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Don't forget the Anglo-Saxons

Blog | By Harry Mount | Nov 08, 2019

Alfred the Great's statue, by Hamo Thornycroft, erected in 1899 on the 1,000th anniversary of his death Source: Odejea

Dr Mary Rambaran-Olm, an Irish historian, has suggested that 'Anglo-Saxon' has white supremacist implications. As we celebrate the 1,120th anniversary of the death of Alfred the Great (849-899). Harry Mount remembers Aethelflaed, Alfred the Great's daughter, and the brilliance of the Anglo-Saxons

Who now remembers our Anglo-Saxon royal family? Well, St Editha’s Church in Tamworth, Staffordshire, does. Last year, on 12th June, a National Service of Commemoration was held for the 1,100th anniversary of the death of Aethelflaed.

Aethelflaed, also known as Ethelfleda, Lady of the Mercians, was the warrior daughter of King Alfred the Great of Wessex. She rebuilt and fortified Tamworth in 913, and made it her capital when she kicked the Danes out of Mercia. Aethelflaed was the aunt of St Editha of Tamworth, the parish church’s patron saint; and the aunt, too, of Athelstan, King of the English from 927 to 939 AD, said to have been raised in Tamworth.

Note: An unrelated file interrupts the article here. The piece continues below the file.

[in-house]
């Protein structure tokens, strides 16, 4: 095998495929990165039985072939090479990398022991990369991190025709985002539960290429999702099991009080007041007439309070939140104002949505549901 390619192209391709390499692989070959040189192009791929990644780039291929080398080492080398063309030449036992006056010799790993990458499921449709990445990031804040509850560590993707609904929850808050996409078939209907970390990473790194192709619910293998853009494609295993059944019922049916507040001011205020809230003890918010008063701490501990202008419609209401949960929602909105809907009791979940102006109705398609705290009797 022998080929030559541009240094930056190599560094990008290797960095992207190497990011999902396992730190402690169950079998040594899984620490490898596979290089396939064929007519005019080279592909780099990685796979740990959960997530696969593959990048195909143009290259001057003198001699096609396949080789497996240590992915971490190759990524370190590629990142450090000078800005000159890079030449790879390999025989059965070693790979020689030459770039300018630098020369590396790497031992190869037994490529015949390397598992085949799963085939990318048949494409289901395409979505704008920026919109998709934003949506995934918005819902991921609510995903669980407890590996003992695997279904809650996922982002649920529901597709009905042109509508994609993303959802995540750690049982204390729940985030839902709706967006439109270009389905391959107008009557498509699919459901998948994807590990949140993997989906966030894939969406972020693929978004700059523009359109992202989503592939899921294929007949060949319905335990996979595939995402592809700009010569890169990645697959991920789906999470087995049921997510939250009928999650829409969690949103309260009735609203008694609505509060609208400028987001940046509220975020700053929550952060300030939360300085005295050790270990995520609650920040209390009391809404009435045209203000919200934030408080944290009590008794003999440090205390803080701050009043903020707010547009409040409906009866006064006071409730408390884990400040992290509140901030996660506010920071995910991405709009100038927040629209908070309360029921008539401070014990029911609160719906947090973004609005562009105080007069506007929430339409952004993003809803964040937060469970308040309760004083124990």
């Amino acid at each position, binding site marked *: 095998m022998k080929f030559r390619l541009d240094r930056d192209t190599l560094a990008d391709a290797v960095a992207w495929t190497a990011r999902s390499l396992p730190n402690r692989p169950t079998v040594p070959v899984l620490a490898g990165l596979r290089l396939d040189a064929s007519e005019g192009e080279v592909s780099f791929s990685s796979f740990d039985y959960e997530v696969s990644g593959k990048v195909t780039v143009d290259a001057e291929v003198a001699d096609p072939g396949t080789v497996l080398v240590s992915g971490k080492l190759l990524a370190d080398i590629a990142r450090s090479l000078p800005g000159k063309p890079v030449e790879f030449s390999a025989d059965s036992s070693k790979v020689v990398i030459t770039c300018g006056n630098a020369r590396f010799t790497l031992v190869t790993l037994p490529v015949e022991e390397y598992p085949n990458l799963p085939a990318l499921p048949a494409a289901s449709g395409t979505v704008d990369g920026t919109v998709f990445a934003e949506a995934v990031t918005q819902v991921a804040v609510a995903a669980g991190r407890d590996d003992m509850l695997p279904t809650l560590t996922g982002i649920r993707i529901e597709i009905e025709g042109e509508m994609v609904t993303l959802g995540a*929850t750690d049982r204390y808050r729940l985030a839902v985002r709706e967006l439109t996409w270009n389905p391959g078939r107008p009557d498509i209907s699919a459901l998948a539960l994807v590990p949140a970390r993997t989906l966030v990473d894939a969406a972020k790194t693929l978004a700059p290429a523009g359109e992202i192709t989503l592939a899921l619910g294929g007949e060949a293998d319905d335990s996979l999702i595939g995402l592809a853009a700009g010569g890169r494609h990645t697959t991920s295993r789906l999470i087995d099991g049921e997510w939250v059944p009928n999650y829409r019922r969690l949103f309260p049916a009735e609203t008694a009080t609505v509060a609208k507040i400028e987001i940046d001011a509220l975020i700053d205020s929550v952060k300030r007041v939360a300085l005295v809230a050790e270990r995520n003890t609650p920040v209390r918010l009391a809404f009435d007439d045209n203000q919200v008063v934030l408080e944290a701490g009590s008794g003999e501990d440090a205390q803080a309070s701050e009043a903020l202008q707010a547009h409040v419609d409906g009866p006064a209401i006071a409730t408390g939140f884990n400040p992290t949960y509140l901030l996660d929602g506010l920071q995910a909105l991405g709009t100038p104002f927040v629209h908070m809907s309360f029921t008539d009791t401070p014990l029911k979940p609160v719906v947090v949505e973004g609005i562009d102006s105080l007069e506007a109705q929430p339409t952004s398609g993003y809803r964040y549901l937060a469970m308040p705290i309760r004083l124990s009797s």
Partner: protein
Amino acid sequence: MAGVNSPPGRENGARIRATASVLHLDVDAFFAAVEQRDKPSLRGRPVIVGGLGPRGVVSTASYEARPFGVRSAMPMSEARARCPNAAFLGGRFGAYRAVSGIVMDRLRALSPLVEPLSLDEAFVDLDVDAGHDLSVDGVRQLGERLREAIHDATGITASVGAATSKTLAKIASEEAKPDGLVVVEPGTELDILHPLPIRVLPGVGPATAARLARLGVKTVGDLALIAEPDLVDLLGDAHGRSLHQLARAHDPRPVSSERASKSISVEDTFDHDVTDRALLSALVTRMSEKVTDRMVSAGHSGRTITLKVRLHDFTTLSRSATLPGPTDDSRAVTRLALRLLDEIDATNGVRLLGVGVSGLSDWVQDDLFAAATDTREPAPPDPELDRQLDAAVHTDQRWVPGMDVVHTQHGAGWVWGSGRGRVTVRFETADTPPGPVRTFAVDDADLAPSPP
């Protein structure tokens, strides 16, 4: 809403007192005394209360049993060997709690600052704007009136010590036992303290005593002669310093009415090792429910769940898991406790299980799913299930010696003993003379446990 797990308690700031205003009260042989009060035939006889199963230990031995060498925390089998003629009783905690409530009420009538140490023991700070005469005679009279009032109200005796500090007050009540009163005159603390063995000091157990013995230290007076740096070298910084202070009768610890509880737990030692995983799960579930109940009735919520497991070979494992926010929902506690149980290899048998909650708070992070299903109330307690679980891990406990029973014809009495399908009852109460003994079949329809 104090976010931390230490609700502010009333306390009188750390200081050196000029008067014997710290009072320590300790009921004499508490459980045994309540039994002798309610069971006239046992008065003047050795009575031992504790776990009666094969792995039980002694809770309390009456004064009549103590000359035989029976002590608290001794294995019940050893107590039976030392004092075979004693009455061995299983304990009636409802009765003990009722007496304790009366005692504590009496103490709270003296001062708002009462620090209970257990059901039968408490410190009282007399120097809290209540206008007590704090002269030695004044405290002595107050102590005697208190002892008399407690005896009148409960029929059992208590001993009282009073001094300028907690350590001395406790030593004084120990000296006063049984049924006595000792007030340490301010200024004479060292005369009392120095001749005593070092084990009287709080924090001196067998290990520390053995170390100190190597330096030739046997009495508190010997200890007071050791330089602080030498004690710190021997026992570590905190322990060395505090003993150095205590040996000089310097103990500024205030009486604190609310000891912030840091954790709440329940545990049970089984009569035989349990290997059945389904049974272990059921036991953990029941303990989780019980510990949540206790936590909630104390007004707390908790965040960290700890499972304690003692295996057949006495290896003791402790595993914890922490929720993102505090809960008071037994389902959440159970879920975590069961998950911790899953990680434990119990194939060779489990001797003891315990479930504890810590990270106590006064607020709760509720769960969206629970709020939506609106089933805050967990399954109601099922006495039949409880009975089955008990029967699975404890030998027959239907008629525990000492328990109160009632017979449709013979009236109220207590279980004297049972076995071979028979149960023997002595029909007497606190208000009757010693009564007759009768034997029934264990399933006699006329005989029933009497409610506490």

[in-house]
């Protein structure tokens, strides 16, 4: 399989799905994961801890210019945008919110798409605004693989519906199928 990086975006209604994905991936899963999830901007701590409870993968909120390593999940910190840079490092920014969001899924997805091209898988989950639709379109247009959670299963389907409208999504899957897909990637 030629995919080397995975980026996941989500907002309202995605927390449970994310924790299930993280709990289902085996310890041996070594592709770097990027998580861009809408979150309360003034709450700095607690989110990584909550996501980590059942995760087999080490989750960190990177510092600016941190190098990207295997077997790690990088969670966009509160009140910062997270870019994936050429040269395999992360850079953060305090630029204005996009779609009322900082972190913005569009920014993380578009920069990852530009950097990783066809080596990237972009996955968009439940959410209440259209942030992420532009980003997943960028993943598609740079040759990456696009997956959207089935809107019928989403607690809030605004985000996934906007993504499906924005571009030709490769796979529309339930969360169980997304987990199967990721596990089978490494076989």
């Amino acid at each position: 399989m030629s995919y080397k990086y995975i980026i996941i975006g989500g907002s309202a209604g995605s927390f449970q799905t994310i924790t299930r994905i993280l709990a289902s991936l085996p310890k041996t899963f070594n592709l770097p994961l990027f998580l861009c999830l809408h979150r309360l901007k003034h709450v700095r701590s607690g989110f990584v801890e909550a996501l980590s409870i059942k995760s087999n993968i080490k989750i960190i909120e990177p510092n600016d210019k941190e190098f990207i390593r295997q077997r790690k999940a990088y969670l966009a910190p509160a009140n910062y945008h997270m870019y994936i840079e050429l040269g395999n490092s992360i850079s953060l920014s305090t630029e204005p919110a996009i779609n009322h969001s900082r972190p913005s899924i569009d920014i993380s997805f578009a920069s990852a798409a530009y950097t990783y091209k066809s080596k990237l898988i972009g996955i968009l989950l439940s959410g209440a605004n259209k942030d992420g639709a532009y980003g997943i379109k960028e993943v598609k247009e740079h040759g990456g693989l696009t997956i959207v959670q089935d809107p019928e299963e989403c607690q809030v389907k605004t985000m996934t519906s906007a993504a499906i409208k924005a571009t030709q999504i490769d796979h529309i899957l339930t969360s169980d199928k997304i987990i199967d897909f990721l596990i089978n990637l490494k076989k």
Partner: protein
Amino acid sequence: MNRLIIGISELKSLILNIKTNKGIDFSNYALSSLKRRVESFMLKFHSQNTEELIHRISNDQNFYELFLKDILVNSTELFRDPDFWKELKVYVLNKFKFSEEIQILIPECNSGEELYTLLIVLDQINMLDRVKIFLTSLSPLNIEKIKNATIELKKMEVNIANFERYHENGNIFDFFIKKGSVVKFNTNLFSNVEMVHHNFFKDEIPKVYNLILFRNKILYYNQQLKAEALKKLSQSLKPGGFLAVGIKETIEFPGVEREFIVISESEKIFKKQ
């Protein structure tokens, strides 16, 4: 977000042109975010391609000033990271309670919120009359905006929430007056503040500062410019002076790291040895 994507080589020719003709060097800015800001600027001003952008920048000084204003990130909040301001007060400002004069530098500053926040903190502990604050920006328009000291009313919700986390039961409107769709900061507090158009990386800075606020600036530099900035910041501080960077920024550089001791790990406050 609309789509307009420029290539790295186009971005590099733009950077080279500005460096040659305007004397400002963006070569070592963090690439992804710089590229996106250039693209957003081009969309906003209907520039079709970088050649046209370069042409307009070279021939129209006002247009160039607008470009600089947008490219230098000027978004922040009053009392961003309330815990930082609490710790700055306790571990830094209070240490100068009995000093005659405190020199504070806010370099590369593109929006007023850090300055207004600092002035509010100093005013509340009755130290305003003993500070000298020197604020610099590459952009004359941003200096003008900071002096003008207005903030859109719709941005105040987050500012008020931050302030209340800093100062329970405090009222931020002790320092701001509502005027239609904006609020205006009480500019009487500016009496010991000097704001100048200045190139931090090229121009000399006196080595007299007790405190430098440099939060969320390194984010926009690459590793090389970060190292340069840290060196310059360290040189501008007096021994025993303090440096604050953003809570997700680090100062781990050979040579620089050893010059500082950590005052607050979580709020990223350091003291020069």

The historian Michael Wood has said that, without Aethelflaed, there would be no England as we know it. We would all be speaking Danish!

Tamworth is a rare British powerhouse; it’s also where Robert Peel’s constituency was, and close to his country seat and burial spot in Drayton Bassett.

Descendants of Robert Peel were at the church service to salute Ethelfleda – and to salute Tamworth, home to monarchs and prime ministers.